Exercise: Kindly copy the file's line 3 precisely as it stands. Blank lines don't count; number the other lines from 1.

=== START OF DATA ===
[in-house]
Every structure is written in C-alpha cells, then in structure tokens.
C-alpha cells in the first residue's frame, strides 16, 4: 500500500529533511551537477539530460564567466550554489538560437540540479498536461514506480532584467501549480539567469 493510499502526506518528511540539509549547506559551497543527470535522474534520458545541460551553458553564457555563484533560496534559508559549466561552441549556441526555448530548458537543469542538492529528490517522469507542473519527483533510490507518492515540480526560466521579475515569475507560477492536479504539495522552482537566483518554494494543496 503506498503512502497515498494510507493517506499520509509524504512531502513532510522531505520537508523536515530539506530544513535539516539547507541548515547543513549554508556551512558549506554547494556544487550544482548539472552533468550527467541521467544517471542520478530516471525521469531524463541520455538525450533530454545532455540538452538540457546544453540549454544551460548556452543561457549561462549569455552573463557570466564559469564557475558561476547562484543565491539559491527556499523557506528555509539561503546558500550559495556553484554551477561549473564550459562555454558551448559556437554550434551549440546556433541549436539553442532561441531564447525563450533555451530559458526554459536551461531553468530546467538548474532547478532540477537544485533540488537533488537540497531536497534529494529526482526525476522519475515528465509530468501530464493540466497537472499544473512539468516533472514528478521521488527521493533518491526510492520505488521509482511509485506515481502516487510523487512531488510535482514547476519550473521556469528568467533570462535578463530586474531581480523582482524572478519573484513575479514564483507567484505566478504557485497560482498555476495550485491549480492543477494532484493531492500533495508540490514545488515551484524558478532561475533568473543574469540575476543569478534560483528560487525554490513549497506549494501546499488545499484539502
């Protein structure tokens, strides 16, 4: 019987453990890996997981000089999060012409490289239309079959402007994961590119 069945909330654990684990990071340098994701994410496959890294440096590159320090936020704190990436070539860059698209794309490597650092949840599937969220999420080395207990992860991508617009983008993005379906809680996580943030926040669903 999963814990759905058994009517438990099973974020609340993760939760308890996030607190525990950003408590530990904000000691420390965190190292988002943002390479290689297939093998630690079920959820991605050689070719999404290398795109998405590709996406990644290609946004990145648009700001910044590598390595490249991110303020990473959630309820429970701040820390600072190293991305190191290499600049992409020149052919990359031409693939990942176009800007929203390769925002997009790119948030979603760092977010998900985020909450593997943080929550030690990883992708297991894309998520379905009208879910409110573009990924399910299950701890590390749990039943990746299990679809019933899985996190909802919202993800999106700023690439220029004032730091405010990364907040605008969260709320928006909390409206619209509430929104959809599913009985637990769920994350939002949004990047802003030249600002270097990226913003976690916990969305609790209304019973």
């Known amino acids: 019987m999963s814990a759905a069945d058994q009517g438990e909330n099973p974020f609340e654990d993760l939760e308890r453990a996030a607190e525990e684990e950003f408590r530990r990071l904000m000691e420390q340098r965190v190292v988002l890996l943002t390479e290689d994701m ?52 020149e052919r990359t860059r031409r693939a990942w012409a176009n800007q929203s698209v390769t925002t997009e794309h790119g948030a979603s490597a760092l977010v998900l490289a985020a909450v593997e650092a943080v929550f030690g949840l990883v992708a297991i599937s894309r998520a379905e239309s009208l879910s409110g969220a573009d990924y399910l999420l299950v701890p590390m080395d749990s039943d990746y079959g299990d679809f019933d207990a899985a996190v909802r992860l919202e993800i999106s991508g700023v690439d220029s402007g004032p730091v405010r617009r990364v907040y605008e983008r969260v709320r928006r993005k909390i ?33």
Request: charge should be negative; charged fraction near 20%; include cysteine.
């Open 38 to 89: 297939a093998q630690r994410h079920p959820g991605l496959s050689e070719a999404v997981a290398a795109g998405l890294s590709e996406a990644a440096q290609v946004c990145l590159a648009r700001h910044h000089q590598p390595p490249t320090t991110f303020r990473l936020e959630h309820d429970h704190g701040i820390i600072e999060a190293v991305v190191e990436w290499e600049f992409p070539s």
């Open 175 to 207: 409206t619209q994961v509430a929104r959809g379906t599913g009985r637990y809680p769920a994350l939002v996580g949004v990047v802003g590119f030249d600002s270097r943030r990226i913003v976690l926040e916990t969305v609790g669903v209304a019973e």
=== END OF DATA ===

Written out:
C-alpha cells in the first residue's frame, strides 16, 4: 500500500529533511551537477539530460564567466550554489538560437540540479498536461514506480532584467501549480539567469 493510499502526506518528511540539509549547506559551497543527470535522474534520458545541460551553458553564457555563484533560496534559508559549466561552441549556441526555448530548458537543469542538492529528490517522469507542473519527483533510490507518492515540480526560466521579475515569475507560477492536479504539495522552482537566483518554494494543496 503506498503512502497515498494510507493517506499520509509524504512531502513532510522531505520537508523536515530539506530544513535539516539547507541548515547543513549554508556551512558549506554547494556544487550544482548539472552533468550527467541521467544517471542520478530516471525521469531524463541520455538525450533530454545532455540538452538540457546544453540549454544551460548556452543561457549561462549569455552573463557570466564559469564557475558561476547562484543565491539559491527556499523557506528555509539561503546558500550559495556553484554551477561549473564550459562555454558551448559556437554550434551549440546556433541549436539553442532561441531564447525563450533555451530559458526554459536551461531553468530546467538548474532547478532540477537544485533540488537533488537540497531536497534529494529526482526525476522519475515528465509530468501530464493540466497537472499544473512539468516533472514528478521521488527521493533518491526510492520505488521509482511509485506515481502516487510523487512531488510535482514547476519550473521556469528568467533570462535578463530586474531581480523582482524572478519573484513575479514564483507567484505566478504557485497560482498555476495550485491549480492543477494532484493531492500533495508540490514545488515551484524558478532561475533568473543574469540575476543569478534560483528560487525554490513549497506549494501546499488545499484539502